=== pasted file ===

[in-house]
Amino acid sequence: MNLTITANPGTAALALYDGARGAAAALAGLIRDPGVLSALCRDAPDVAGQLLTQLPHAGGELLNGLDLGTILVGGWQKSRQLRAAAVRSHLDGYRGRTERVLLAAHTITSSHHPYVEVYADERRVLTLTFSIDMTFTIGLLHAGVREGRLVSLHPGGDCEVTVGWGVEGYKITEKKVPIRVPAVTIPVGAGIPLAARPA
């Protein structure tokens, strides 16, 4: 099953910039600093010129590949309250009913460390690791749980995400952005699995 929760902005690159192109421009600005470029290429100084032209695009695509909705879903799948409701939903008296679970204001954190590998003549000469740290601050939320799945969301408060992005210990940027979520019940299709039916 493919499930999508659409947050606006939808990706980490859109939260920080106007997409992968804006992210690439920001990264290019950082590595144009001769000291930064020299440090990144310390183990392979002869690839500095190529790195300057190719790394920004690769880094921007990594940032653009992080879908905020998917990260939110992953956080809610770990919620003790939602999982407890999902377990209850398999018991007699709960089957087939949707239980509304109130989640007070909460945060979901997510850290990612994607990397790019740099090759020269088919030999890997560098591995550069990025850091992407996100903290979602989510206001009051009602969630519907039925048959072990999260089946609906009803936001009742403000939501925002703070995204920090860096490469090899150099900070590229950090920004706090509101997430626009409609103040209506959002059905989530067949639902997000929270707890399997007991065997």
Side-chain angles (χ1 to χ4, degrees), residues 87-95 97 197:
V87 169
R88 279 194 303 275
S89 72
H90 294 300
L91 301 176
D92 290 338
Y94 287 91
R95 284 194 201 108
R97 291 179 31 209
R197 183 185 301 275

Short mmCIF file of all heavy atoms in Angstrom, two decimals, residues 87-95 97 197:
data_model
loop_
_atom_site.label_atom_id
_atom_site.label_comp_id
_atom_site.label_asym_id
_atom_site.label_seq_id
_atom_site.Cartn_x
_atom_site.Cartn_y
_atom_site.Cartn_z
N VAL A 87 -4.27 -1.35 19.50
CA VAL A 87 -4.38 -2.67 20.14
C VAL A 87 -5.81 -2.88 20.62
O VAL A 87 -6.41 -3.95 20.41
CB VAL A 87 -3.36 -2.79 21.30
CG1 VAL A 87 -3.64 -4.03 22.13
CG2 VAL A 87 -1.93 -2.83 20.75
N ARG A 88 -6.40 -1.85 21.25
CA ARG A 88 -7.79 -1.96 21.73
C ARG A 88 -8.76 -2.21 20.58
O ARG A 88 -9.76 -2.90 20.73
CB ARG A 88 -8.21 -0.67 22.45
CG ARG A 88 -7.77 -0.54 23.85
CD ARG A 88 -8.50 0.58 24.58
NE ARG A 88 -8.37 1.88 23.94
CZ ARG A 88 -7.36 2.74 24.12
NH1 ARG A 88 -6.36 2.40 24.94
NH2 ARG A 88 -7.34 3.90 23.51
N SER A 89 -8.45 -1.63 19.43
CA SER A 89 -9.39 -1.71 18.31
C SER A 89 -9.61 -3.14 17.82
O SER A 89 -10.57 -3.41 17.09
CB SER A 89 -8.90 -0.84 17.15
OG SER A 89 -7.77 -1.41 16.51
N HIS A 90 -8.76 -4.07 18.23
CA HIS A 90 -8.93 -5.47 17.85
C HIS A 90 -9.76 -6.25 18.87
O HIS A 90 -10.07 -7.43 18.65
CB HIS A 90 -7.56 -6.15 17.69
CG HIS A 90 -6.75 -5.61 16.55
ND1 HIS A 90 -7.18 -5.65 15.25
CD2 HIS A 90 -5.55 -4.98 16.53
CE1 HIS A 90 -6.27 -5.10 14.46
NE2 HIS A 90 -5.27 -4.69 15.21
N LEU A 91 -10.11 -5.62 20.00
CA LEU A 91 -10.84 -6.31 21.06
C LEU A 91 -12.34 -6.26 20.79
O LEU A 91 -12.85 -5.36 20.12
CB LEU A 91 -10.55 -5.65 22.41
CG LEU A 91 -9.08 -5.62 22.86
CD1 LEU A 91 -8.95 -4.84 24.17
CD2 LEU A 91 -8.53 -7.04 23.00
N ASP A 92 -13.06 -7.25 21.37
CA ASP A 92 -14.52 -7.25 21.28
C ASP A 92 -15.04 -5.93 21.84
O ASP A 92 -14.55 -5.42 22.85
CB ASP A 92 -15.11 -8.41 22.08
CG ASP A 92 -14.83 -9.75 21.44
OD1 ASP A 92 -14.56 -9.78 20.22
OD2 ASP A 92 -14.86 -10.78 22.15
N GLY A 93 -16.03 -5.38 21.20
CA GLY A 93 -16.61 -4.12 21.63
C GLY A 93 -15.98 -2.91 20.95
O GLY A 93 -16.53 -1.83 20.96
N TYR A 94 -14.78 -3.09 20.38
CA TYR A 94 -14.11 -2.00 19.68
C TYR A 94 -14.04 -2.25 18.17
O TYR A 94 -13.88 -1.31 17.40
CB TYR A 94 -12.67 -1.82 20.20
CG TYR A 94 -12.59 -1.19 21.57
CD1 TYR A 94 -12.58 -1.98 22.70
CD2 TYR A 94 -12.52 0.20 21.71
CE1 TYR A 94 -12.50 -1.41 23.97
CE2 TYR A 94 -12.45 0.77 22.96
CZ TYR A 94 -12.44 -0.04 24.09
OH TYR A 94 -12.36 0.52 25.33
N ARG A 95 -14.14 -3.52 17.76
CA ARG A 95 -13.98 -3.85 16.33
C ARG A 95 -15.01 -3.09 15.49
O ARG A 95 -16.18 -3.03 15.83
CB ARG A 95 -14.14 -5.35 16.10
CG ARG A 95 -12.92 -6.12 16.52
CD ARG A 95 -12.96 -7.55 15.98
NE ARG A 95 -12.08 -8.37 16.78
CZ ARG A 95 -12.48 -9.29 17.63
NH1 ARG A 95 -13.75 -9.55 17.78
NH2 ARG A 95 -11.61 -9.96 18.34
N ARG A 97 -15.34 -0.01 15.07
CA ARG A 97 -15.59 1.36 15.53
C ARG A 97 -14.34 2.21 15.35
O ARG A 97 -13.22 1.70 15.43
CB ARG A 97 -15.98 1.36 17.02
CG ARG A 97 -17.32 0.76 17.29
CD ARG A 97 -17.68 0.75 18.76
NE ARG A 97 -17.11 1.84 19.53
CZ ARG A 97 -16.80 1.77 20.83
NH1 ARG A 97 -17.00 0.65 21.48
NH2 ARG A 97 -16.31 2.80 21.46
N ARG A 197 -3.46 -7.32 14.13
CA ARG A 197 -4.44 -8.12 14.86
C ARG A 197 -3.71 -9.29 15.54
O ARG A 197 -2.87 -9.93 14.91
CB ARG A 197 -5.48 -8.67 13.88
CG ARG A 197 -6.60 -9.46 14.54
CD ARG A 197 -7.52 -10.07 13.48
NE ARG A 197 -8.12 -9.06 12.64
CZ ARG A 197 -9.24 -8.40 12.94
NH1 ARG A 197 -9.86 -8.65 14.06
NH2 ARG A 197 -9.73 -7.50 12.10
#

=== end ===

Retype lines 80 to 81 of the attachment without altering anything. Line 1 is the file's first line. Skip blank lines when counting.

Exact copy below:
CA TYR A 94 -14.11 -2.00 19.68
C TYR A 94 -14.04 -2.25 18.17